France and Germany will offer free train tickets for people under the age of 27 this summer, the two countries’ transport ministers, Clément Beaune and Volker Wissing announced this past weekend. 60,000 tickets will be free of charge in order to encourage train travel within the two countries, the two governments announced on Sunday January 22nd at the end of a Franco-German council of ministers in Paris.
The announcement was made in light of 60th anniversary of the Elysee Treaty, which sealed the reconciliation between the two countries. “60,000 tickets will be made available free of charge, according to terms to be specified shortly,” said the transport ministers of both countries in a joint statement. According to French media, travelers hoping to take advantage of the offer would have to enter a lottery for the tickets.
We need to convince even more people to travel by train.Volker Missing, Germany’s minister of transport
The project is also based on a central issue: the fight against climate change by favoring rail over other modes of transport. The German Minister of Transport and Digital Affairs, Volker Wissing, noted that the scheme aims to achieve the climate targets for the transport sector. “We need to convince even more people to travel by train. To do this, we need to provide attractive offers,” Wissing said.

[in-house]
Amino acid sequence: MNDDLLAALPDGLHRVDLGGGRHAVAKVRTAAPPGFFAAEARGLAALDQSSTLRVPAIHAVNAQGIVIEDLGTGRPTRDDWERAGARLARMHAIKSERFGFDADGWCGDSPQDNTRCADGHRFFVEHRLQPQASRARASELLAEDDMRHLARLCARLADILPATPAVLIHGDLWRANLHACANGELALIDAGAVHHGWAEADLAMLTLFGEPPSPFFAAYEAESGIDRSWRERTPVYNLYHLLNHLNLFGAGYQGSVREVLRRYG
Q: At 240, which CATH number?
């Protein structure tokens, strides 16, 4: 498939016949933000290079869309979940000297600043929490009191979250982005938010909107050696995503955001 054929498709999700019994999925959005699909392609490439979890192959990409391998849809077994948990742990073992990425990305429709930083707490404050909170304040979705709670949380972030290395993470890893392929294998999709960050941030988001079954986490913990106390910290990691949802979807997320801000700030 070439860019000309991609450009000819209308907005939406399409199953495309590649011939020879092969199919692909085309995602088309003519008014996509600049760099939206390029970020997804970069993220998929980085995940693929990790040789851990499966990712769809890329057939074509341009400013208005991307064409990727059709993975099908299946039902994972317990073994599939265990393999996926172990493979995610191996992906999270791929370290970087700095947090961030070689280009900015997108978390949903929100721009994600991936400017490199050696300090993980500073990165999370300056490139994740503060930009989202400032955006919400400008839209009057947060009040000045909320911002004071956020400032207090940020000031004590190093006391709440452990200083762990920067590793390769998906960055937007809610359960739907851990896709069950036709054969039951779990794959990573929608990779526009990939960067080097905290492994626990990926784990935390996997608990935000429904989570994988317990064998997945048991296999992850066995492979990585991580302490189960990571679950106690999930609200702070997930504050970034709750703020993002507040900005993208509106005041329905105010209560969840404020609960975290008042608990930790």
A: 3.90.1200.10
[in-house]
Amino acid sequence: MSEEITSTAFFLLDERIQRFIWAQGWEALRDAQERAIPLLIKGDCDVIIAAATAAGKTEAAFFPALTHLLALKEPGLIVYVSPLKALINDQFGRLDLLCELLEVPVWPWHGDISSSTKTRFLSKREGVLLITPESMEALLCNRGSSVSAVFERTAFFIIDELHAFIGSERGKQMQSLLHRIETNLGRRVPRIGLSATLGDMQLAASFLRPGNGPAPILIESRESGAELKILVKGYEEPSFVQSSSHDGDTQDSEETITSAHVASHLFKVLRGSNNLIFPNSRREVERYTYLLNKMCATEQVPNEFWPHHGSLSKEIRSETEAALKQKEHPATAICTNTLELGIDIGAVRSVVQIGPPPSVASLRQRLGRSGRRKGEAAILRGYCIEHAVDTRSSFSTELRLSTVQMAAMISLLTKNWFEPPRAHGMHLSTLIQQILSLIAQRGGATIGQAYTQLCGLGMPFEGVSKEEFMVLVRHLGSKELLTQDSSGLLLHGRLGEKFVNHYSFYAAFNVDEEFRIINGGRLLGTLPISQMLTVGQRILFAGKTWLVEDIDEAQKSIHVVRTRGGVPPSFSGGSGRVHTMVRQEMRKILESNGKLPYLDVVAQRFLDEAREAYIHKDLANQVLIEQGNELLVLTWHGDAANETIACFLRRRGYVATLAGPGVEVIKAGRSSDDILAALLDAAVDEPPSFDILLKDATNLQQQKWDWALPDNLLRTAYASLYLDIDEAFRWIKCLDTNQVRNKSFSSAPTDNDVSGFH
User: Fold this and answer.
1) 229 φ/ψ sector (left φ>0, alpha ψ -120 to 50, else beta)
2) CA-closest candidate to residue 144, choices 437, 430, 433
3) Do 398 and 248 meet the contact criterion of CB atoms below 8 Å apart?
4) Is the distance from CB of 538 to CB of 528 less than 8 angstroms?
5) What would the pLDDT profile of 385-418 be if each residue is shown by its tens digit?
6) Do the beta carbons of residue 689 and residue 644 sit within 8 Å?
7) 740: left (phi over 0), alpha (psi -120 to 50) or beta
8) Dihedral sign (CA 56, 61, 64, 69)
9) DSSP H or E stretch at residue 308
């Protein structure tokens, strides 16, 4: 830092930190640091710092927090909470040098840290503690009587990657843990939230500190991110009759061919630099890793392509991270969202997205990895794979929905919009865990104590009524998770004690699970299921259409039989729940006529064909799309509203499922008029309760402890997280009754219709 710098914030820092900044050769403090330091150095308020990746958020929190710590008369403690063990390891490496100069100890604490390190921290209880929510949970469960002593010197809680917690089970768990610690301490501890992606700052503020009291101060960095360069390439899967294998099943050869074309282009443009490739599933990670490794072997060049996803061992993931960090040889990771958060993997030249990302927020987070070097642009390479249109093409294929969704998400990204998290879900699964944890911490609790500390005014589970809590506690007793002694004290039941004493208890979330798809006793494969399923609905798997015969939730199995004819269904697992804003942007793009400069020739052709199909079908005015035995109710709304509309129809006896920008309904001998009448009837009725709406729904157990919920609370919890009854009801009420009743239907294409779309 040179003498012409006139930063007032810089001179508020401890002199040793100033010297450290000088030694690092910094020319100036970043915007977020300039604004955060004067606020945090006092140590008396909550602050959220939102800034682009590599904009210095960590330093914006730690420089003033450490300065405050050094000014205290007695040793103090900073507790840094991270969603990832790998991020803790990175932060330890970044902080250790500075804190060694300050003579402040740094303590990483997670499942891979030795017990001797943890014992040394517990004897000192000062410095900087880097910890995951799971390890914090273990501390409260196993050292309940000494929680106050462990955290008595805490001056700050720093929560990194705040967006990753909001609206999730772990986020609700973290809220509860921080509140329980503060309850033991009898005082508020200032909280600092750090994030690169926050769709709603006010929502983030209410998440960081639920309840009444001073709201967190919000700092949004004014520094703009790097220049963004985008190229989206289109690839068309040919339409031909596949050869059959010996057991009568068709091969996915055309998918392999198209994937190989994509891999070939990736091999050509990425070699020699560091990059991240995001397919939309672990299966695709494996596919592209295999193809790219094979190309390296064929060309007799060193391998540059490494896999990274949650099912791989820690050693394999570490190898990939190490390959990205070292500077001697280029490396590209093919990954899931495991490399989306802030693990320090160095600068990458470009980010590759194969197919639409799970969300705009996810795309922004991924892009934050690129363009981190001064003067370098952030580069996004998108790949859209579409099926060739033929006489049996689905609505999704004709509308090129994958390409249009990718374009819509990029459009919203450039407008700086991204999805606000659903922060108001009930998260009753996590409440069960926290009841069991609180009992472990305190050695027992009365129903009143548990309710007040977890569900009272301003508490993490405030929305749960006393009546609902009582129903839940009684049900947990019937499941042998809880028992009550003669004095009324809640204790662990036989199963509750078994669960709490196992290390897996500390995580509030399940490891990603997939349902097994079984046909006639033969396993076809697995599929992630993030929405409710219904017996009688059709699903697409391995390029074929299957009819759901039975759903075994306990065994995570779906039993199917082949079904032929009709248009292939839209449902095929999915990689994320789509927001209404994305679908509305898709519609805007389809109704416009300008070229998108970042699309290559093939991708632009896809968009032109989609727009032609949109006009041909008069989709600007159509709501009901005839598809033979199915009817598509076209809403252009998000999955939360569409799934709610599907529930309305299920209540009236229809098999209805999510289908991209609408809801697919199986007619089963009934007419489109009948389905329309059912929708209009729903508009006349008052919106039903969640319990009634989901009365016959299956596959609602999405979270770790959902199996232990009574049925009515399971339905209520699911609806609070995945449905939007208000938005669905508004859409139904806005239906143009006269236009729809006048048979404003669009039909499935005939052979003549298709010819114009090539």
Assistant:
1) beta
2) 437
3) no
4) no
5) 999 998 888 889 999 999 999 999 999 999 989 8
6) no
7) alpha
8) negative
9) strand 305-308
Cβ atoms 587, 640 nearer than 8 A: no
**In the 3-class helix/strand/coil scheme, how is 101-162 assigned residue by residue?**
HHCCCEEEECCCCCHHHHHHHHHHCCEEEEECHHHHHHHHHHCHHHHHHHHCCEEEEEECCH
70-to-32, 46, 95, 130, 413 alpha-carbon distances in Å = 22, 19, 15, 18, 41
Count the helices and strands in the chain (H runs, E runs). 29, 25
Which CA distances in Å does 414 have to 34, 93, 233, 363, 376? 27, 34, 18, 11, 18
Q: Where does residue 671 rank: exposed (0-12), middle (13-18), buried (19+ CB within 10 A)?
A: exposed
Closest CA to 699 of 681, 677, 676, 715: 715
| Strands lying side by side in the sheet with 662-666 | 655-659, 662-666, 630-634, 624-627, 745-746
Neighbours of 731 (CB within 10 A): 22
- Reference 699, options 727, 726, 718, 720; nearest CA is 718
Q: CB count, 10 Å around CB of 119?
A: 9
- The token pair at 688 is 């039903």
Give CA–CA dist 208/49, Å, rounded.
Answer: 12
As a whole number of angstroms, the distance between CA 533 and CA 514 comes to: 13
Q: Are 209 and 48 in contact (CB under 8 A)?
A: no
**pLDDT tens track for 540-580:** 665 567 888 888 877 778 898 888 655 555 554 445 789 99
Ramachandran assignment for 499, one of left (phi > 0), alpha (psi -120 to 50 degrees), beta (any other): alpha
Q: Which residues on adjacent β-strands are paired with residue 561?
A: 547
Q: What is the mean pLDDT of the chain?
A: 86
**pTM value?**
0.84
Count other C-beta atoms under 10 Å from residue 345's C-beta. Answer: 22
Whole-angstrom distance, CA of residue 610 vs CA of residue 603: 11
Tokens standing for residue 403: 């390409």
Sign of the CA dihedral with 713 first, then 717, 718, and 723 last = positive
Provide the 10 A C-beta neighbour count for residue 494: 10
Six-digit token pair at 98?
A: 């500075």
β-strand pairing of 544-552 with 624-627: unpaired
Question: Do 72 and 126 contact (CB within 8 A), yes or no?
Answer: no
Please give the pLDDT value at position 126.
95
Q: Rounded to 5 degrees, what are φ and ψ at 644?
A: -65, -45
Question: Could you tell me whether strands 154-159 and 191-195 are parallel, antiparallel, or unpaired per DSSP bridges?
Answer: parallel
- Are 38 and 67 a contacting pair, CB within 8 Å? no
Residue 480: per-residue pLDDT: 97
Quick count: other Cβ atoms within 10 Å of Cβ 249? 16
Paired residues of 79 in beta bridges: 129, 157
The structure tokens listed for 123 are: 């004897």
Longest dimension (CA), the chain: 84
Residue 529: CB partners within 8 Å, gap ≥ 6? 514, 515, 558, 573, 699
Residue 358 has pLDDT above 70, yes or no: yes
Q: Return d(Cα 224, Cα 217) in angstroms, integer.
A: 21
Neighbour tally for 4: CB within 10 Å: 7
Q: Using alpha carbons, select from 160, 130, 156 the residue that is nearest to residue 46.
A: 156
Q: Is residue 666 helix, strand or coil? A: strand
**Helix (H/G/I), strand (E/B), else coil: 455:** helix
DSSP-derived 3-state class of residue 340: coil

The two states promise financial support for these bi-national tickets set up by SNCF and Deutsche Bahn (DB). Paris and Berlin also say they support the development in 2024 of a direct high-speed rail link between the two capitals, as well as a night train.
The two railroad companies had announced in May this TGV Paris-Berlin for December 2023. SNCF and Deutsche Bahn have already been running high-speed trains, TGV and ICE, between France and Germany since the opening of the first section of the Paris-Strasbourg high-speed line in June 2007. France is also launching a combined train and ferry ticket to travel to and from Ireland. The goal is to encourage citizens to travel less by plane.
In early November, Germany was already making big announcements regarding transport, with the implementation of its unlimited rail pass at 49 euros per month. This reform is intended to encourage the use of public transport in the midst of the climate crisis, in order to reduce CO2 emissions. According to Euronews, the new ‘Deutschlandticket’ will cost users around €1.60 per day. It is not valid on intercity trains.
The proposal follows a highly successful 9-euro ticket that was on sale for three months in summer of 2022 as part of the government’s efforts to help people reduce gasoline use, help combat inflation and promote more environmentally friendly means of transport.
According to the Association of German Transport Companies (VDV), 52 million €9 rail passes were sold in Germany over the three months. The pass, which expired on August 31st, offered passengers unlimited use of local and regional German trains between the months of June and August. The VDV asked the German government to introduce a replacement for the rail pass arguing that around 1.8 million tons of CO2 were spared during the offer period, a reduction equivalent to planting 90 million trees.